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The Black Pine Snake – the Rarest Species in a Well-known Group

The pine, bull and gopher snakes are a complex of 15 species that range from southern Canada through the United States and Mexico to Guatemala.  Large (to 8 feet), powerful constrictors, most species are well-studied and long-established in captivity.  The Black Pine Snake (Pituophis melanoleucus lodingi) remains, however, elusive in the wild and less well-represented in captivity.

I first worked with this striking snake at the Staten Island Zoo, home to one of the country’s most impressive snake collections, and have longed to observe it in the wild ever since.

Classification and Description

The Black Pine Snake is a melanistic form of the northern pine snake (P. m. melanoleucus) that has been given subspecies status.  One other subspecies, the Florida Pine Snake (P. m. mugitus), has been described. The Louisiana Pine Snake (pictured here) is now classified as a distinct species, P. ruthveni.

Uniformly black (rarely dark brown) above and below, the Black Pine is stoutly built.  They average 5 feet in length, with a record of 6 ½ feet.

Range and Habitat

This rare snake is limited to a few localized sites in extreme eastern Louisiana, southwestern Alabama and, possibly, Mississippi.

It is found only in association with the sandy soils of Longleaf Pine communities, a threatened habitat.  The Black Pine Snake spends most of its life underground, within pocket gopher burrows or the root systems of rotting pines.


This snake has an extremely limited range and is protected by the states in which it occurs.  In the past, habitat development and collection for the pet trade threatened its survival.  Captive populations are well-established in both zoos and the private sector.


Mating occurs in the spring, and 3-24 eggs are laid in June-August.  The clutch is hidden in a burrow or, less frequently, below a rock or log.  The young hatch in 64-79 days at 12-18 inches in length.


The natural diet has not been thoroughly documented, but likely includes deer mice, ground squirrels, chipmunks, cotton rats, rabbits, pocket gophers and ground-nesting birds and their eggs.  Prey is killed by constriction.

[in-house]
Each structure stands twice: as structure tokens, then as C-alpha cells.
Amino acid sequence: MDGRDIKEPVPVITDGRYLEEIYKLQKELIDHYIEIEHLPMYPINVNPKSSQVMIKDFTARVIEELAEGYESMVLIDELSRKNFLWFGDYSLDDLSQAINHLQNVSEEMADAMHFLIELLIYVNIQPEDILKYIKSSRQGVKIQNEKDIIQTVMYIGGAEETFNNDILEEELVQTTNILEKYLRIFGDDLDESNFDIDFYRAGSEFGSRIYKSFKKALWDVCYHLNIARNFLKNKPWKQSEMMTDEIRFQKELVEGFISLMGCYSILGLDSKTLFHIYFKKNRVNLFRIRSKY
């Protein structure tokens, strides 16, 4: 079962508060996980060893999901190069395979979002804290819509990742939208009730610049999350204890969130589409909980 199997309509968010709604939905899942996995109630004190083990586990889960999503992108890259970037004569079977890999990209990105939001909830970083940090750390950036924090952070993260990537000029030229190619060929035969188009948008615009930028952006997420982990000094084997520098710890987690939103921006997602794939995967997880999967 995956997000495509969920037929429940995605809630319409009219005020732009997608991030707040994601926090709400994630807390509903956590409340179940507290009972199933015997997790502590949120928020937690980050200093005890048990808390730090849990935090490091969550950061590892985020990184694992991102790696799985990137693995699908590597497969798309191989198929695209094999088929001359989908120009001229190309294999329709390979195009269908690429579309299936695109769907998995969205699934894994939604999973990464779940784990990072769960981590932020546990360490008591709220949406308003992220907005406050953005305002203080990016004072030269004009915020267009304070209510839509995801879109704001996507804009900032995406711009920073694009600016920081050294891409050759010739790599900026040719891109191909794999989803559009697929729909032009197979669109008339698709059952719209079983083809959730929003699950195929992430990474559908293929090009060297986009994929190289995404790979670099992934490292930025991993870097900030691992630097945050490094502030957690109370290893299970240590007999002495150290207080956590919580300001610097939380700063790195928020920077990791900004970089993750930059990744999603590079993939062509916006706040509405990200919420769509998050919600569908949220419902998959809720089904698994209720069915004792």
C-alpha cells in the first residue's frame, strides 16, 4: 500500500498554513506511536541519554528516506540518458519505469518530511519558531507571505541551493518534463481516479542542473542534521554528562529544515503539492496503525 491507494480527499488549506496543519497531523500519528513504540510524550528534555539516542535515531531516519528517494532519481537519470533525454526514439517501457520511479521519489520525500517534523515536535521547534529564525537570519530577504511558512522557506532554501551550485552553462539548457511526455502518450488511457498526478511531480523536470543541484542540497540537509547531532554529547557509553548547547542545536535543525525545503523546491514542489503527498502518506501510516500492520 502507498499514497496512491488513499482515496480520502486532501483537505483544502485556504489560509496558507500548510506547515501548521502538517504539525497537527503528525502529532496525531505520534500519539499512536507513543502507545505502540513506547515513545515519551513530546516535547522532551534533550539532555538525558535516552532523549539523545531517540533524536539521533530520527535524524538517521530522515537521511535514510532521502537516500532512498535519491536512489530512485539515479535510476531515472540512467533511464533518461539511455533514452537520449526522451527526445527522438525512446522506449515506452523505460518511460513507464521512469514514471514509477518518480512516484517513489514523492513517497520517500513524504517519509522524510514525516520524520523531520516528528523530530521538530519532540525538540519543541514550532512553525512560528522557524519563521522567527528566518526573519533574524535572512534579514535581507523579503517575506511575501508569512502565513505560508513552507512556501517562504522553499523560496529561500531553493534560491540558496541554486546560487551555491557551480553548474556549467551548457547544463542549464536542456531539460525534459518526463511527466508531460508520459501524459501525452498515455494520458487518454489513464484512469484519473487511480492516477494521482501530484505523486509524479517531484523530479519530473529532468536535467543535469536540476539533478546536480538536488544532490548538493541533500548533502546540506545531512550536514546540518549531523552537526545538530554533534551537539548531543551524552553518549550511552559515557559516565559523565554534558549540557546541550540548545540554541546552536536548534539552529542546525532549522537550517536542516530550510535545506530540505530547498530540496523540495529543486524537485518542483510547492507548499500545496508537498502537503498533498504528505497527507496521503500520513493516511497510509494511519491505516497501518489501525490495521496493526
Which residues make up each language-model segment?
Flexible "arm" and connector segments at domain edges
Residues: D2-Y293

This and related species usually hunt below ground, within the burrows of gophers and other rodents.  Where space does not permit constriction, these powerful snakes kill rodents by forcibly pressing them against the burrow walls.  Often a number of animals will be killed in this manner before the snake stops to feed.

Pine snakes are much valued for their rodent-catching abilities and are sometimes released around farms and grain storage facilities.


When threatened, pine snakes put on an impressive display – the body swells with inhaled air that is expelled in a loud hiss, while the tail vibrates rapidly and the head is flattened.  The snake rears up in a series of ‘S” shaped curves and strikes repeatedly.  Most will flee if given the opportunity, but they do not hesitate to bite.


Black Pine Snake care is fairly straightforward, and follows that of rat snakes and other Colubrids.  Please write in for further information, or see Black Rat Snake Care and Natural History for husbandry guidelines.

Captive born specimens are usually calm, although the few I have worked with were a bit high strung.  Being largely fossorial in the wild, they are ill at ease if forced to remain in the open.  Even long term captives spend a good deal of their time within shelters.

Further Reading

You can read about conservation efforts for Black Pine Snakes in Alabama here.


About Frank Indiviglio

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Being born with a deep interest in animals might seem unfortunate for a native Bronxite , but my family encouraged my interest and the menagerie that sprung from it. Jobs with pet stores and importers had me caring for a fantastic assortment of reptiles and amphibians. After a detour as a lawyer, I was hired as a Bronx Zoo animal keeper and was soon caring for gharials, goliath frogs, king cobras and everything in-between. Research has taken me in pursuit of anacondas, Orinoco crocodiles and other animals in locales ranging from Venezuela’s llanos to Tortuguero’s beaches. Now, after 20+ years with the Bronx Zoo, I am a consultant for several zoos and museums. I have spent time in Japan, and often exchange ideas with zoologists there. I have written books on salamanders, geckos and other “herps”, discussed reptile-keeping on television and presented papers at conferences. A Master’s Degree in biology has led to teaching opportunities. My work puts me in contact with thousands of hobbyists keeping an array of pets. Without fail, I have learned much from them and hope, dear readers, that you will be generous in sharing your thoughts on this blog and web site. For a complete biography of my experience click here.
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